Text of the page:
Figure 5. The Two-Pulse ESEEM experiment. A. Schematic representation of the Hahn-echo sequence. In the Two-Pulse ESEEM experiment, the interpulse delay τ is incremented and the echo amplitude is measured as a function of τ. B. Typical Hahn echo decay curve. The inset shows the initial 1.5 µs of the trace, the maximum at 232 ns is highlighted by a red line.

      8. If the curve does not reach the zero level at long interpulse delays τ, increase the number of points and/or the time step d30. Read off the time value at which the echo intensity has dropped to almost zero and write it down.

    6. Setting up the PELDOR experiment

      PELDOR is a double-frequency experiment that uses the probe frequency νprobe to create a signal on a spin A in a molecule and flips a spin B in the same molecule with the pump frequency νpump. The four-pulse PELDOR sequence is shown in Figure 6. Firstly, a Hahn echo (HE) is created by a π/2 and a π-pulse applied at νprobe and affecting spin A. Next, a pump pulse πpump at the frequency νpump inverts spin B. Finally, a refocusing π-pulse at νprobe is applied, refocusing the Hahn echo from spin A. In the PELDOR experiment, the position of the pump pulse is incremented within the interval τ2 and the integrated intensity of the refocused echo (RE) is measured as a function of the delay T. This yields the so-called PELDOR time trace. If intramolecular dipolar coupling between spins A and B occurs, the coupling frequency will be encoded in the oscillations of the time trace. The overall exponential decay refers to the intermolecular dipolar interactions.

      Figure 6. Schematic representation of the PELDOR sequence. Microwave pulses at the probe frequency are shown in black, the pump pulse is displayed in red. “HE” abbreviates the Hahn echo, “RE” the refocused echo. In the PELDOR experiment, the position of the pump pulse is incremented within the first interval τ2 and the integrated intensity of the RE is measured as a function of T.

      The set-up of the PELDOR experiment consists of various steps, and as PELDOR requires phase cycling and nuclear modulation averaging, it is commonly run from a PulseSPEL program. The Bruker EPR spectrometers are by default equipped with a PulseSPEL program for PELDOR; however, many research groups have developed their own programs featuring custom variable definitions and conventions. Herein, we describe how to set up the PELDOR experiment with our version of the PulseSPEL program, which is available in the Appendix.

      1. Set the variables for the Hahn echo and optimize it at the pump frequency, which is applied in the center of the resonator dip (33.7 GHz).

        1. Load the PELDOR program and the variable definition file into PulseSPEL.

        2. Set the following parameters in PulseSPEL (Table 2):

          Table 2. Parameters for setting up the PELDOR experiment. The given parameters are starting values that will be optimized during the course of experimental setup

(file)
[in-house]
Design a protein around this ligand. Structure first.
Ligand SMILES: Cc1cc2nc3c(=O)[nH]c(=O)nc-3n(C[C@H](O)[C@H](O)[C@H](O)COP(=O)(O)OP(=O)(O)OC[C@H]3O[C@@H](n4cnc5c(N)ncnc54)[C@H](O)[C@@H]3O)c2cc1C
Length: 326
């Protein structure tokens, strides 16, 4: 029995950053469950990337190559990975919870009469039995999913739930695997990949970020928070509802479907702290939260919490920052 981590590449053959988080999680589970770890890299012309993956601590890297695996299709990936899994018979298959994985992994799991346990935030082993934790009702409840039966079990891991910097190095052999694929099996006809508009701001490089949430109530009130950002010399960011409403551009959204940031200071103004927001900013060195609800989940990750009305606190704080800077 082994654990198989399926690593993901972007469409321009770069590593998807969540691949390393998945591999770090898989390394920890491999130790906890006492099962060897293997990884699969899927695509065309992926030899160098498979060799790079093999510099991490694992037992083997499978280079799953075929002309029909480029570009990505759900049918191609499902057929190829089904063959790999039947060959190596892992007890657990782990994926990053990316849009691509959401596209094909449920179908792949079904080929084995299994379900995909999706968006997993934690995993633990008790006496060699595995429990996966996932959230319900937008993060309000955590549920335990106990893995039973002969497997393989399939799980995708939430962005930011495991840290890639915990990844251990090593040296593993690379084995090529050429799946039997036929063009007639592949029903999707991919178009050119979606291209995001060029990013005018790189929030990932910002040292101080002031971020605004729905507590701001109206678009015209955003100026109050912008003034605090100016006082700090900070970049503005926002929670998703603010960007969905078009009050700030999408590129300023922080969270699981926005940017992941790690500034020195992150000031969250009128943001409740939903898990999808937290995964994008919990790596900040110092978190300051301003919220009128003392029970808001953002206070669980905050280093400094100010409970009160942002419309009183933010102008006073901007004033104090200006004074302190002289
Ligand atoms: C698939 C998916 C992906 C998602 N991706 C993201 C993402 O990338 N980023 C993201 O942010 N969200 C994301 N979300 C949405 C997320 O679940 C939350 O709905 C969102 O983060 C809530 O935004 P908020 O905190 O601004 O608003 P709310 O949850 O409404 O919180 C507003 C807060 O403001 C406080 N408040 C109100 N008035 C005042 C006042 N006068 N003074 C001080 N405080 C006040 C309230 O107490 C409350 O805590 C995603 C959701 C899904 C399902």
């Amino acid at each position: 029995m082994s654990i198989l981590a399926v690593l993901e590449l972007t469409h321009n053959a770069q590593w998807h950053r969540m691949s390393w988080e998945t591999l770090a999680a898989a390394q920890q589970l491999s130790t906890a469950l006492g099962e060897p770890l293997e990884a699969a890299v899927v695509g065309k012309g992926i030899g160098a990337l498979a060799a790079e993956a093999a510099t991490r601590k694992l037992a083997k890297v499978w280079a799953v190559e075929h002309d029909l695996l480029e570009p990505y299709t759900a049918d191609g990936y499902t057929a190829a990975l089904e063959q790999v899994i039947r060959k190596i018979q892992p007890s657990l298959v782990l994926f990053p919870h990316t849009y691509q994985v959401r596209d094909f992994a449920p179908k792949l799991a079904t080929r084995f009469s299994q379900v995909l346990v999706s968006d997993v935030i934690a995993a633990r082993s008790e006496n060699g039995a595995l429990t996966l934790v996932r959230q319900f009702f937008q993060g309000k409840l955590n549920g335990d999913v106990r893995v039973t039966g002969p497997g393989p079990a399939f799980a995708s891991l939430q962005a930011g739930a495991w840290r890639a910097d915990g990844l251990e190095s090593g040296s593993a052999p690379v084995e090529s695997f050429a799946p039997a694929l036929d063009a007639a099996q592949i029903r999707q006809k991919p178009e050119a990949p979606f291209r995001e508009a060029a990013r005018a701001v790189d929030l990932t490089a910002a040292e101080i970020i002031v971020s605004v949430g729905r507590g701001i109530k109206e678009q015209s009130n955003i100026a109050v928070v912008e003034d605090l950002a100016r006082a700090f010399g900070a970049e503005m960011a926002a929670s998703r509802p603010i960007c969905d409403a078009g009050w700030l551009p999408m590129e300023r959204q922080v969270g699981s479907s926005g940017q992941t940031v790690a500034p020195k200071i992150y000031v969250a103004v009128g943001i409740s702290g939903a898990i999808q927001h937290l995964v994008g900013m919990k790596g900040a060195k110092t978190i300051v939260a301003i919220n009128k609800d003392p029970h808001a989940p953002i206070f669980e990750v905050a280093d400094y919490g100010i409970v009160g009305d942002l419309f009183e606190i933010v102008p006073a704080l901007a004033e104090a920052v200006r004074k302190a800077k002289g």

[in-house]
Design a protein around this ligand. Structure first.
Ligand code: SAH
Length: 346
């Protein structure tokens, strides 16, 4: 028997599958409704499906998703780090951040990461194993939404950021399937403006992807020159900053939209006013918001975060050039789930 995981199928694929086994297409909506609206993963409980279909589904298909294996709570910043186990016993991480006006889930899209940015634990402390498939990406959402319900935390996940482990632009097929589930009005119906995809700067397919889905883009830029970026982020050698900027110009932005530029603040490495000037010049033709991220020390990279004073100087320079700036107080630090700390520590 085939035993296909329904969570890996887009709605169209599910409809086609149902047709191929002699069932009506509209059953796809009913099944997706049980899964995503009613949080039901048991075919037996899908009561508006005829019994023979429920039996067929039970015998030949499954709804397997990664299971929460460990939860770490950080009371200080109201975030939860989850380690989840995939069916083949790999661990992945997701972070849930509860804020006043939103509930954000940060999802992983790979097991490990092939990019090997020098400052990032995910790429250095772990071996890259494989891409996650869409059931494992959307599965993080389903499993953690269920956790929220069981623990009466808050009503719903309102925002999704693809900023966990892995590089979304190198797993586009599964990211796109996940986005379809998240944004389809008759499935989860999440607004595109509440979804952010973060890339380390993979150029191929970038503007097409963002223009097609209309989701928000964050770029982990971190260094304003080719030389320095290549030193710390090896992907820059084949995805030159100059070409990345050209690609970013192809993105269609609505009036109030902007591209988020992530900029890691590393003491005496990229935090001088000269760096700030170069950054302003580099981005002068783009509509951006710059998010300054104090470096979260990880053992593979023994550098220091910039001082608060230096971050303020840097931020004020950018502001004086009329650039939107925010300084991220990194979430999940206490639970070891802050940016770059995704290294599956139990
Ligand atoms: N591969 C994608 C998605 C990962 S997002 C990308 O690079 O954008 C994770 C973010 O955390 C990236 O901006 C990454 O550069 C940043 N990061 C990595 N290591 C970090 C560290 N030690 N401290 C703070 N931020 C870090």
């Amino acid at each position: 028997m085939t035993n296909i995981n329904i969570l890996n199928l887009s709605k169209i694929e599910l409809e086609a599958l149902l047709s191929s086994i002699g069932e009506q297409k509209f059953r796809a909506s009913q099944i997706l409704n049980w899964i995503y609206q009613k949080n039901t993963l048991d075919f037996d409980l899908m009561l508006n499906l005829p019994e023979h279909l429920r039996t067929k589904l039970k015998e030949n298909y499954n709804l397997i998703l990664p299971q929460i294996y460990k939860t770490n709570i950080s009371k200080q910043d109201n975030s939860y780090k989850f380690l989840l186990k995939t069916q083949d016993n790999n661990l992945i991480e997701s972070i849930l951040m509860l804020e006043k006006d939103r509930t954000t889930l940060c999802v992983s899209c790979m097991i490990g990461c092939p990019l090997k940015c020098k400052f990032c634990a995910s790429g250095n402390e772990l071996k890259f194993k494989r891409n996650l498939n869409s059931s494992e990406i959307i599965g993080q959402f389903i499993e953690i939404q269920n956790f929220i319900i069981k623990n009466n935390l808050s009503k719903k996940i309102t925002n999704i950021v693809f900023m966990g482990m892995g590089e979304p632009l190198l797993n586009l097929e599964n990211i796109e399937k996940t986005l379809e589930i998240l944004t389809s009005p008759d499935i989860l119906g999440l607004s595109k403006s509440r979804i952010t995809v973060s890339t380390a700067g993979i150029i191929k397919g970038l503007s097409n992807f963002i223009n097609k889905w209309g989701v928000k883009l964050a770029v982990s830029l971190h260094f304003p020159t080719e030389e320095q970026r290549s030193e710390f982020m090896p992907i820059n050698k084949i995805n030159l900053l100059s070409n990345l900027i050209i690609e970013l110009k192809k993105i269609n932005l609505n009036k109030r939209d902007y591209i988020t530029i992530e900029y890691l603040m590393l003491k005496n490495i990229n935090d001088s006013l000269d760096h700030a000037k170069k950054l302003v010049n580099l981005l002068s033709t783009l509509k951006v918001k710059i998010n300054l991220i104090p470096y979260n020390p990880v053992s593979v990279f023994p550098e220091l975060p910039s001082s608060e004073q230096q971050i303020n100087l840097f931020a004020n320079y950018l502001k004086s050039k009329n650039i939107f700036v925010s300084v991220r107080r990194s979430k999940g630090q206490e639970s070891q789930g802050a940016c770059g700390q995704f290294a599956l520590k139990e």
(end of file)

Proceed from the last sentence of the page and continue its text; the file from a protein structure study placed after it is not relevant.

Parameter Description Value
          p0 Length of π/2-pulse Use the values which you identified as optimal in Step B3d.
          p1 Length of π-pulse
          p2 Length of pump pulse 16 ns as a first guess.
          d0 Acquisition trigger offset ~360 ns
          d1 Interpulse delay τ1 Time of the first maximum in the Two-Pulse ESEEM trace, herein 232 ns.
          d2 Interpulse delay τ2 Set it to a length with enough signal intensity, ~3,000-4,000 ns in this case.
          SRT Shot-Repetition-Time 3,000 * srtu (with srtu = 1.02 µs).
          h Number of Shots per Point 10
          m Number of steps for nuclear modulation averaging 8
          d30 Time increment for the trace 8 ns
          d31 Time increment for nuclear modulation averaging 16 ns
          d3 Instrument-related dead time delay Typically ~100 ns

          Note that the PELDOR experiment is tolerant toward variation of these parameters within certain ranges. However, setting completely improper parameters will result in a poor SNR, a low modulation depth, and data distortion.

        3. Click “Compile,” “Show Program,” and “Validate” in this order.

        4. Select the “2P ESE Setup” experiment. Press the “Run” button in the main window, click “Start” in SpecJet and in the Pulse Tables, and lower the “Attenuation” to 0 dB.

        5. Open the “MPFU control”-tab. Drag the “< +x > Amplitude” slider bar to a level of ~60-70% to maximize the Hahn echo amplitude in SpecJet.

        6. Adjust the global MW phase using the “Signal Phase” slider bar in the FT bridge window. The MW phase should be adjusted such that the signal appears in the real channel of SpecJet and the imaginary channel should be zero on average.

      2. Apply the pump pulse to invert the echo and determine the optimal pump pulse length.

        1. Click “Stop” in the Pulse Tables and in SpecJet.

        2. Select the “3P ELDOR Setup” experiment, set the “Current ELDOR Frequency” to the current spectrometer frequency (~33.7 GHz), and press the “Run”-button in the main window. Write down the “Current ELDOR Frequency” for later use.